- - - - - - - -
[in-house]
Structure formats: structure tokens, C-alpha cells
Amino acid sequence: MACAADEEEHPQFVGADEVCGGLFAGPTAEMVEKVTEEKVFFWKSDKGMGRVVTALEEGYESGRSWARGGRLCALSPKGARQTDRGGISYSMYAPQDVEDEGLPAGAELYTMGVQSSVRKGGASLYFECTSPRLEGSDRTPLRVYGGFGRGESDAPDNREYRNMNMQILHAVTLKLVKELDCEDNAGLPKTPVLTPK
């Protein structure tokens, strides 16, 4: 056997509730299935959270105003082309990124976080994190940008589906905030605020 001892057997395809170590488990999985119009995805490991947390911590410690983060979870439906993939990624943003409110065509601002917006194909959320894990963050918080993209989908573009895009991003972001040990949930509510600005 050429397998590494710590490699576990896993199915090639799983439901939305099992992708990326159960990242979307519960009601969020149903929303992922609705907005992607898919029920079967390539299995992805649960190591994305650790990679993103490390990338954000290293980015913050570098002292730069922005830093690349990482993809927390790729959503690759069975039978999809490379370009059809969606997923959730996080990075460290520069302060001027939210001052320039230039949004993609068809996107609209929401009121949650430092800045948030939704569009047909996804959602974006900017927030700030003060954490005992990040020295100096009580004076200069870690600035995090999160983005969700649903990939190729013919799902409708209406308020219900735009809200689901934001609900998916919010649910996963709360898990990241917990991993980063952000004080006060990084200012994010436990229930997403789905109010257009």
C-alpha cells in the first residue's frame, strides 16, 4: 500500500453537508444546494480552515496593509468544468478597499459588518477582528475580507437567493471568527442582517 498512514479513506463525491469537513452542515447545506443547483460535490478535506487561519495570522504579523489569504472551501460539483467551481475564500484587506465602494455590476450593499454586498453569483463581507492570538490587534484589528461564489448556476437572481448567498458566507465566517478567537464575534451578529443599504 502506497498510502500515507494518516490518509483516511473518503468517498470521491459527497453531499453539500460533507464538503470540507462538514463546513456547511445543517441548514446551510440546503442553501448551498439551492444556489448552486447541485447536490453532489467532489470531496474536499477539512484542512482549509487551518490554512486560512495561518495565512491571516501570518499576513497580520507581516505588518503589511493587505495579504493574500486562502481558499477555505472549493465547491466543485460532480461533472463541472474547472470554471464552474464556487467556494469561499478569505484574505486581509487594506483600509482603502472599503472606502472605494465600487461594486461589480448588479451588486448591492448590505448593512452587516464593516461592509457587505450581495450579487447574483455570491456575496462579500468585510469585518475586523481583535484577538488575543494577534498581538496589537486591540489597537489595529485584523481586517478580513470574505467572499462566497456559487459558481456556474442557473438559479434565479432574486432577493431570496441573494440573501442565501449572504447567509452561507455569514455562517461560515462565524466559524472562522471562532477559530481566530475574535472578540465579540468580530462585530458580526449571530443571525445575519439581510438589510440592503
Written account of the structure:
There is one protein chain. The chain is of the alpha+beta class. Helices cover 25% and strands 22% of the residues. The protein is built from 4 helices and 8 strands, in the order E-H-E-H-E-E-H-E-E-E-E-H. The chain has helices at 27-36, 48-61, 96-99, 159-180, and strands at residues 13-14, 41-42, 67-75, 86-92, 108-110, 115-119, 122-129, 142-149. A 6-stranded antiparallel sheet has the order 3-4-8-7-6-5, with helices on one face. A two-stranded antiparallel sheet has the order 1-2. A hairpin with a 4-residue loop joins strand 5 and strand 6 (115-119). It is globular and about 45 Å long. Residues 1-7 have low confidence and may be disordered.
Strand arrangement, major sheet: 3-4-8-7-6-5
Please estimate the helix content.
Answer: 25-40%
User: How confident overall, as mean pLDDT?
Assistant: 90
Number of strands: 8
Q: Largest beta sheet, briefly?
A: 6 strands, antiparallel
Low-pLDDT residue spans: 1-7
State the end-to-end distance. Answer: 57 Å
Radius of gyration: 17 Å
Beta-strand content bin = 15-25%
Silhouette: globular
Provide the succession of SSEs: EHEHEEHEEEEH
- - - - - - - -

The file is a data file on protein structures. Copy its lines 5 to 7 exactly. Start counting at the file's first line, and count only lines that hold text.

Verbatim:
C-alpha cells in the first residue's frame, strides 16, 4: 500500500453537508444546494480552515496593509468544468478597499459588518477582528475580507437567493471568527442582517 498512514479513506463525491469537513452542515447545506443547483460535490478535506487561519495570522504579523489569504472551501460539483467551481475564500484587506465602494455590476450593499454586498453569483463581507492570538490587534484589528461564489448556476437572481448567498458566507465566517478567537464575534451578529443599504 502506497498510502500515507494518516490518509483516511473518503468517498470521491459527497453531499453539500460533507464538503470540507462538514463546513456547511445543517441548514446551510440546503442553501448551498439551492444556489448552486447541485447536490453532489467532489470531496474536499477539512484542512482549509487551518490554512486560512495561518495565512491571516501570518499576513497580520507581516505588518503589511493587505495579504493574500486562502481558499477555505472549493465547491466543485460532480461533472463541472474547472470554471464552474464556487467556494469561499478569505484574505486581509487594506483600509482603502472599503472606502472605494465600487461594486461589480448588479451588486448591492448590505448593512452587516464593516461592509457587505450581495450579487447574483455570491456575496462579500468585510469585518475586523481583535484577538488575543494577534498581538496589537486591540489597537489595529485584523481586517478580513470574505467572499462566497456559487459558481456556474442557473438559479434565479432574486432577493431570496441573494440573501442565501449572504447567509452561507455569514455562517461560515462565524466559524472562522471562532477559530481566530475574535472578540465579540468580530462585530458580526449571530443571525445575519439581510438589510440592503
Written account of the structure:
There is one protein chain. The chain is of the alpha+beta class. Helices cover 25% and strands 22% of the residues. The protein is built from 4 helices and 8 strands, in the order E-H-E-H-E-E-H-E-E-E-E-H. The chain has helices at 27-36, 48-61, 96-99, 159-180, and strands at residues 13-14, 41-42, 67-75, 86-92, 108-110, 115-119, 122-129, 142-149. A 6-stranded antiparallel sheet has the order 3-4-8-7-6-5, with helices on one face. A two-stranded antiparallel sheet has the order 1-2. A hairpin with a 4-residue loop joins strand 5 and strand 6 (115-119). It is globular and about 45 Å long. Residues 1-7 have low confidence and may be disordered.